The eponymous book of the movie was written by E.M Hull and featured the rape of the woman by the sheik, a development the movie left out. But the theme of miscegenation seemed to resonate with the moviegoing female public, and the film broke attendance records in its first week alone, with reports of women fainting at screenings. It made $1 million in its first year, popular all over the world including in Valentino’s native Italy. The word ‘sheik’ entered the popular culture referring to a man on the prowl, his target a ‘Sheba.’ The song “Sheik of Araby” was inspired by the film. 

In Moran of the Lady Letty (1922), Valentino was cast as a Spaniard who gets kidnapped by pirates. Then came the melodrama Beyond the Rocks opposite Gloria Swanson, with another of the tango scenes that made him famous. In Blood and Sand, Valentino played yet another Spaniard, this time a bullfighter, another huge success for him, which probably had something to do with the next scandal in his life.

He and Rambova had married in Mexico and then Valentino was arrested on bigamy charges as California law required a one-year wait period following that ‘interlocutory’ divorce. There was a sensational trial, the marriage was annulled, and the couple had to separate for a year. Valentino issued a statement vowing to remarry Rambova as soon as possible, saying “this year’s delay will not in any way lessen our love … The love that made me do what I have done was prompted by the noblest intention that man could have. I loved deeply, but in loving, I may have erred” according to Emily W. Leider’s Dark Lover: The Life and Death of Rudolph Valentino.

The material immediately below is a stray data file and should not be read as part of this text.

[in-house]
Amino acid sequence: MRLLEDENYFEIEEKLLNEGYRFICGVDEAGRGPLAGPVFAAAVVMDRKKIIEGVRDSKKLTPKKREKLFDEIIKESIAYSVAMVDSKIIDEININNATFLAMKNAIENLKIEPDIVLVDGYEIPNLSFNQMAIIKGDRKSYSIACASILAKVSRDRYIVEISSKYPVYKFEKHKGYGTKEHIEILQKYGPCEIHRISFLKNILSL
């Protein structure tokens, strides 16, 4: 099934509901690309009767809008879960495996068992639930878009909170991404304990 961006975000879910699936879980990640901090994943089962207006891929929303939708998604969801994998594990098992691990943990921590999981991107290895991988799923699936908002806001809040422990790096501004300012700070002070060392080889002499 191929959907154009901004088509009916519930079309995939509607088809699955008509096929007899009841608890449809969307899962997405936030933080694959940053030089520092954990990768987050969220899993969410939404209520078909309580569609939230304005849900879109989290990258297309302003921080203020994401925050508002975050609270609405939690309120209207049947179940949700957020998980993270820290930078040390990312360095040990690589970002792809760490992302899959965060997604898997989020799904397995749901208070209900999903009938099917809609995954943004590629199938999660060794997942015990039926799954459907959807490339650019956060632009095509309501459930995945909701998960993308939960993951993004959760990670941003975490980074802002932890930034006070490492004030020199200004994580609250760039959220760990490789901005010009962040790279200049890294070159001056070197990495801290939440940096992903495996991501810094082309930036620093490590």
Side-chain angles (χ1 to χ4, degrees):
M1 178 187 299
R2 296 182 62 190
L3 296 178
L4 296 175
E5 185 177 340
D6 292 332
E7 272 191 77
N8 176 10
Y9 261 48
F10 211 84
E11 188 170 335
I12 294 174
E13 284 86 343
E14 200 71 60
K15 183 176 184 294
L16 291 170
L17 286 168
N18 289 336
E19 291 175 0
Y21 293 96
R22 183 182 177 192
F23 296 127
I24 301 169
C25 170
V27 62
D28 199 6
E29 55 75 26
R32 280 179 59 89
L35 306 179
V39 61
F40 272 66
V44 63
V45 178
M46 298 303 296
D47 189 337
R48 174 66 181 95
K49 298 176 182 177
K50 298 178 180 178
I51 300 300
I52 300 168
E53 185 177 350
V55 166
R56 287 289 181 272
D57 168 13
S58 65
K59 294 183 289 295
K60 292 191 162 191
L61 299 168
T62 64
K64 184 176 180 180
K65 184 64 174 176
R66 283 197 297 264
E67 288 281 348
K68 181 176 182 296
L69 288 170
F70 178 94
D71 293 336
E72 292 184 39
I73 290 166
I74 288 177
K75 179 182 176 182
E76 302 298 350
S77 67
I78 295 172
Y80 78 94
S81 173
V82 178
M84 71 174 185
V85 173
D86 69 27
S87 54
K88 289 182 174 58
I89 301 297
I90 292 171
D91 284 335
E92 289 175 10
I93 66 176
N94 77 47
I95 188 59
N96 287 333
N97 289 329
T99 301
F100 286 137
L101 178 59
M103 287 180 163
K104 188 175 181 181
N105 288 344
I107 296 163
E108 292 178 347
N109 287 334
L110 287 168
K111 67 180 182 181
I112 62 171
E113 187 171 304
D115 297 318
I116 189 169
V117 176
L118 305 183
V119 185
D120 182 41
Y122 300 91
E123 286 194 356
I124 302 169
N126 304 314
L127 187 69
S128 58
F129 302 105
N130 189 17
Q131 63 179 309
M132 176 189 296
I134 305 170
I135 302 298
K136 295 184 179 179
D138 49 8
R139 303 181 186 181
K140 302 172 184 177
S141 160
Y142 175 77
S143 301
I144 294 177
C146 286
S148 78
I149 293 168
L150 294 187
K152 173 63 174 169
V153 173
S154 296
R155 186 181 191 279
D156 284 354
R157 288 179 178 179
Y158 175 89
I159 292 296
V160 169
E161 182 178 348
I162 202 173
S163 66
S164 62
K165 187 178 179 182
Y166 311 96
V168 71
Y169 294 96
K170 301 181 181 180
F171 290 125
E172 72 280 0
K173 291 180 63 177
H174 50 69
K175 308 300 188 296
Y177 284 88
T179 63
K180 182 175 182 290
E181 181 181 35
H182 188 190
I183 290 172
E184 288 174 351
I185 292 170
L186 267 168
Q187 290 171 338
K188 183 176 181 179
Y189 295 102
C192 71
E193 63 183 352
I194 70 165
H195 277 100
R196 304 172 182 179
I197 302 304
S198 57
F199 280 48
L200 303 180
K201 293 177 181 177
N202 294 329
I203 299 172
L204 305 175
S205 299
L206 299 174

Valentino’s next film, The Young Rajah, in which he plays the son of an Indian maharaja, was his biggest flop to date. He decided not to return to Famous Players and declared a one-man strike against the studio after Lasky refused to pay him more money. The studio went to court to prevent him from working with any other companies.

Valentino and Rambova remarried in 1923. Since he was forbidden to work for other studios, the two started on a nationwide dancing tour to tango in front of live audiences, Valentino also judging beauty contests in each city. He settled his dispute with Famous Players that same year, and Rambova took over the management of his career to its detriment. His next pictures were lavishly produced with exotic costumes and sets, but Monsieur Beaucaire, The Sainted Devil, Cobra and The Hooded Falcon all lost money. Valentino then signed with United Artists on the condition that Rambova would have no association with his pictures, and that was the end of their marriage.